I haven't yet seen the commercial yet, but the buzz is already going here in Kansas City. Since I am seen as the tea guru in my school, people keep coming up to me and asking me questions about tea. I do think that this commercial might spark the interests of many.
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Postby Chip » May 16th, '06, 22:44

Phyll wrote:Funny, I live in the "left" state, but when it comes to teas, I'm on the "right" side. I shudder at the thought of SNAPPLE depicting a tea farm with an old bearded guy picking a real tea bud JUST TO give the appearance of genuineness to sell their mass-produced concoction.

Will it make people appreciate fine teas more? I don't think so.

But!...drink what you like, like what you drink.


The commercial is rather surreal and not to be taken too seriously, Phyll. It is intended to be humerous, while making you think that their tea is the real thing.

But, it was such a shock, watching TV, and there are fields of tea bushes...it definately got my attention.

If I am dieing in a desert from dehydration and some one offers me a white tea Snapple...I will still read the label before I drink it...heheh.
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Postby Richard » May 17th, '06, 09:44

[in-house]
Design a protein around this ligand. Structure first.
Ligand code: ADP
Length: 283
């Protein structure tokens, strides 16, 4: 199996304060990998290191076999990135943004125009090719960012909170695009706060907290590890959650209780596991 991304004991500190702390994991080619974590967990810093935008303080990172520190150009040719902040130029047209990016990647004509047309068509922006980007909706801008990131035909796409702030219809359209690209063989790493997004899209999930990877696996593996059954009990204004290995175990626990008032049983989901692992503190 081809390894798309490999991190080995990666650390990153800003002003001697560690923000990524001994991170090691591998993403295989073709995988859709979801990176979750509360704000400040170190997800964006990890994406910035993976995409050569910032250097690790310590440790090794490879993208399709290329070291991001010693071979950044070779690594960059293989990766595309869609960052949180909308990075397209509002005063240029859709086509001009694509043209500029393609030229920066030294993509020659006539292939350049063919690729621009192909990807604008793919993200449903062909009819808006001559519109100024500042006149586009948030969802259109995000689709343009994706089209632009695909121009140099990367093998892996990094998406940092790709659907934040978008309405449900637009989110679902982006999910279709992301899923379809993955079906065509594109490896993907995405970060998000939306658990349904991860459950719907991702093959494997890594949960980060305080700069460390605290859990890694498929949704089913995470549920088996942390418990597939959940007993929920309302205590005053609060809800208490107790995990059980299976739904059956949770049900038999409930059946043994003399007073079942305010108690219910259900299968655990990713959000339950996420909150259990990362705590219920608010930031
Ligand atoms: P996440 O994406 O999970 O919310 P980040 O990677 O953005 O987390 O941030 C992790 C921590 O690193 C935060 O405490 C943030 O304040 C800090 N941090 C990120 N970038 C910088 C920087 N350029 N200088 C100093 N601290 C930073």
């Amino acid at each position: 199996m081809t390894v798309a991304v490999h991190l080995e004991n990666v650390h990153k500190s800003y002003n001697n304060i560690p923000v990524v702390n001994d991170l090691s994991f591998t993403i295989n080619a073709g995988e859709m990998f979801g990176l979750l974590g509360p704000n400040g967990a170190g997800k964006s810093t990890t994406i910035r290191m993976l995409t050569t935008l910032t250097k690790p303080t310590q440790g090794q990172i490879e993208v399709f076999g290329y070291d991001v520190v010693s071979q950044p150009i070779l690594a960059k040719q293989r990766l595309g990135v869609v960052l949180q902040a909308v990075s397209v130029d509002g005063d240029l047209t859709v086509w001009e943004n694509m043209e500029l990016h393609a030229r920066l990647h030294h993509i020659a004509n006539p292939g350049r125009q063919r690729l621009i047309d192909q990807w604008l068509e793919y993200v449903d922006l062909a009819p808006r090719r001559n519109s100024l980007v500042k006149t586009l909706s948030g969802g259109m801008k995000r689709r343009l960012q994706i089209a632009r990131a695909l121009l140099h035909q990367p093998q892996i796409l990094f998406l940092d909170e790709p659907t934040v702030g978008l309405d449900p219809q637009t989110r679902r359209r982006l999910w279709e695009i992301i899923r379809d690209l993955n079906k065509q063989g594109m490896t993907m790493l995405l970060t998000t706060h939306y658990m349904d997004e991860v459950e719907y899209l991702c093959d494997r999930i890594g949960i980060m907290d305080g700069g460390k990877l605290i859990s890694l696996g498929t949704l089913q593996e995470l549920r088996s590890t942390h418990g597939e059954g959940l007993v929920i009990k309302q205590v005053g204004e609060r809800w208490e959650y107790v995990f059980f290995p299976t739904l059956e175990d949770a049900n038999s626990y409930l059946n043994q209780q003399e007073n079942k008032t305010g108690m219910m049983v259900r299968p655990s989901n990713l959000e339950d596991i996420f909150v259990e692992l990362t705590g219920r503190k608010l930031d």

I picked up a bottle of the snapple white raspberry this morning at the local deli. It tastes RIDICULOUSLY sweet. I like the idea of a raspberry white tea, but this tastes more like a sweetened raspberry juice with a bit of a tea aftertaste. The ingredients, as follows:

"Our tea starts with the finest tea leaves and is made from filtered water, sugar, natural flavors, citric acid, white tea, vitamin C."

So obviously there's more of every other ingredient except for Vitamin C in the tea, which is why the flavor and sweetness are so overwhelming. It's not bad for what it is. I'm actually not that worried about the fact that the definition is oversimplified. This is obviously not a connoisseur's beverage, and they've only got space for a couple sentences of copy, so a long explanation of the tea-making process wouldn't be appropriate here.
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Postby FairTaxGuy » Oct 11th, '06, 18:50

I wonder what happened to BG7. I can't even find a website for the product yet.